An extraordinary meeting

Walking into the sunlight revealed Majesty in all its broken glory.

Our first view of Majesty
Our first view of Majesty

All the primary limbs have now fallen, revealing themselves (and the tree itself) to be completely hollow, but the secondary limbs were still vigorous and covered in the fresh young growth of May. Little can prepare one for the feeling that accompanies such a visit. Although we took photos, examined the branches, trunk and bark, and generally behaved as people do when visiting a tree, my felt sense was of great calm. At one point I posed for a photo sitting on part of the lower trunk but I sat down with a sense of discomfort that only now I recognise as connected to a slight violation of the sacred.

There was grandeur here, but not grandiosity. Growth and decay carried together, rather than split off as they are in our culture. ‘Majesty’ is a psychological quality, unsurprisingly, of balanced Earth: a way of being that many aspire to but few can ever hope to attain with any consistency: yet we all possess it, if only we were ready to find it. Trees such as this are exemplary: they show us the way into our own majesty.

After spending time with this venerable tree I thought some more about the symbolic qualities of the encounter, about the nature of the introduction and the qualities of the oak. First, there was the search for the tree, walking up and down and almost giving up. Then the correction and the move into private property, the sense of transgression.

The old man and the dog

The first meeting is with an animal, a dog. The dog/human bond is one of our very earliest connections, and in mythologies across the world the dog is a guide between the worlds of life and death. It can be the ‘black dog’ of depression, it can hunt and devour us, or be our loving lifelong friend and companion. This particular dog pulled me back to an uncomfortable past, it first threatened, then welcomed, then ignored me completely. Dogs are sometimes used in therapy (Marie-Louise von Franz had an analytic dog) to dig in, whine, greet, and sniff out the unspoken shit. In my meeting with the Jack Russell I was forced to dig up old bones from the past. The dog, as Hillman put it, carries its ancestors.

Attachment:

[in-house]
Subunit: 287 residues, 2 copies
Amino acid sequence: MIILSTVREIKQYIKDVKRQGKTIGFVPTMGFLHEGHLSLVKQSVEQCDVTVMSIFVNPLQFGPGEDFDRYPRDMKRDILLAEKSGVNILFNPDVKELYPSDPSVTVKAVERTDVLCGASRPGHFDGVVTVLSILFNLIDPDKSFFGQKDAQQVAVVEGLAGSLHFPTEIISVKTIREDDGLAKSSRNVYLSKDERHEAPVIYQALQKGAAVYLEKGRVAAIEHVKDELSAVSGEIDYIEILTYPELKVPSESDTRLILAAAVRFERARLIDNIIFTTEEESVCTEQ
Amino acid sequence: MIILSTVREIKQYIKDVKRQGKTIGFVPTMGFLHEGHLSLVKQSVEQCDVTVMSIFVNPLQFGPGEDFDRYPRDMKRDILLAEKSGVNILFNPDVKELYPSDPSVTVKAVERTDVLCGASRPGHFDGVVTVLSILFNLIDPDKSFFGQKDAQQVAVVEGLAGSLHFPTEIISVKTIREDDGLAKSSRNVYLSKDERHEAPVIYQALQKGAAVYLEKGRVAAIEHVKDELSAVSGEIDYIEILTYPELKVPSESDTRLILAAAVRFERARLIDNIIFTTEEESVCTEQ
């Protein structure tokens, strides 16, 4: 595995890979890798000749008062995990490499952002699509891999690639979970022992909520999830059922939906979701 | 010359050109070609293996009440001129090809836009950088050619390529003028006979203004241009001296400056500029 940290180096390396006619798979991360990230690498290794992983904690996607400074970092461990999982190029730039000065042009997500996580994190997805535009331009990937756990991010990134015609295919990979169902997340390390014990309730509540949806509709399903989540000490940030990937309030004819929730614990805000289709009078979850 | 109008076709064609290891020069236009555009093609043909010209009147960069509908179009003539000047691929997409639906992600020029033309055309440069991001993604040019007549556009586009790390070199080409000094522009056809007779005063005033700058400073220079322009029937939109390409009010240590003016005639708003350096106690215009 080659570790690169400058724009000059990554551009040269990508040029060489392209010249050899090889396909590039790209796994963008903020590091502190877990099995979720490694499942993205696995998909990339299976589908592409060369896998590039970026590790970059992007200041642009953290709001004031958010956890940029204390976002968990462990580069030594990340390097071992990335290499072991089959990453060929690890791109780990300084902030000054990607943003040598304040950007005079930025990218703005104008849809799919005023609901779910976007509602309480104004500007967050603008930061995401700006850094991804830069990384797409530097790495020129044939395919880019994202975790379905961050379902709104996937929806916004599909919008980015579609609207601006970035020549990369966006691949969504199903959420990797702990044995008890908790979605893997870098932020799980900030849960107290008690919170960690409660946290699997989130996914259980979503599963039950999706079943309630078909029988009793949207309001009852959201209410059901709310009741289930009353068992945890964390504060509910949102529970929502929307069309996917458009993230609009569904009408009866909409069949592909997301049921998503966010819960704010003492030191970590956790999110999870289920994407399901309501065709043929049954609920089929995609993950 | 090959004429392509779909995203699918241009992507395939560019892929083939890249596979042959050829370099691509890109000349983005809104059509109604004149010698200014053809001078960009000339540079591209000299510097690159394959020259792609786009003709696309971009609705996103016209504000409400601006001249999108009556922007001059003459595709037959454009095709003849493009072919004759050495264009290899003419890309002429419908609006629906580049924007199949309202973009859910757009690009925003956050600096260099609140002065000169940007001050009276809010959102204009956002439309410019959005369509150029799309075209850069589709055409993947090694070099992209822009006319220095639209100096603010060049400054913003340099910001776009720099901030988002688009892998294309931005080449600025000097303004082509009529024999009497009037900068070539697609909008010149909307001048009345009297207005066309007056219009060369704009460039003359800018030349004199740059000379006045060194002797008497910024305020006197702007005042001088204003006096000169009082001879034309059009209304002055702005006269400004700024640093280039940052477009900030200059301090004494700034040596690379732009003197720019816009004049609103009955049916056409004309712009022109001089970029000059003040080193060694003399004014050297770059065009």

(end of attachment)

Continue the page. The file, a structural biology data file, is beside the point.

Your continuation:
Majesty, the massive fallen limbs and the empty socket
Majesty, the massive fallen limbs and the empty socket

Accompanying the dog was the old man, the senex, slow in movement and speech. He is an archetypal figure, a guardian both literally and figuratively of the oak glade. While in one sense he turned and left before we saw the oak because he was perhaps tired and in pain, in another he allowed us the privilege of our own introduction.

Oaks and myth

Then we come to the oak itself. Oaks once covered most of Europe: Julius Caesar came across Germanic tribes that had never got to the end of their hardwood forests. In England, oaks were cut down at an alarming rate to build its wooden navy. Any tree of great size was living profit. The oak embodies mysticism: its seeds, the acorns, were once our staple food before agriculture.

John Williamson tells us that the druids (from the Celtic daur meaning oak) burned oak logs at midsummer to mark the death of the Oak King of spring and the birth of the autumnal Holly King. The Norse gods made the first woman, Embla, from oak wood. The ‘philosophical tree’ of the alchemists was often a hollow oak, echoing the other common use of a hollow oak as a coffin. This was a tree sacred to the thunder god Thor/Donar. In the fairy tale recorded by the Grimms a dark mercurial spirit of transformation is found hidden in the roots of an oak. Here is part of the story:

…the son went into the woods, ate his bread, was very cheerful, and looked into the green branches to see if he could find a bird’s nest. He walked to and fro until at last he came to an enormous oak that was certainly many hundred years old, and that five men would not have been able to span. He stood there looking at it, and thought, “Many a bird must have built its nest in that tree.”

 

Then suddenly he thought that he heard a voice. Listening, he became aware of someone calling out with a muffled voice, “Let me out. Let me out.”

 

He looked around but could not see anything. Then he thought that the voice was coming out of the ground, so he shouted, “Where are you?”

 

The voice answered, “I am stuck down here among the oak roots. Let me out. Let me out.”

 

The student began to scrape about beneath the tree, searching among the roots, until at last he found a glass bottle in a little opening. Lifting it up, he held it against the light, and then saw something shaped like a frog jumping up and down inside.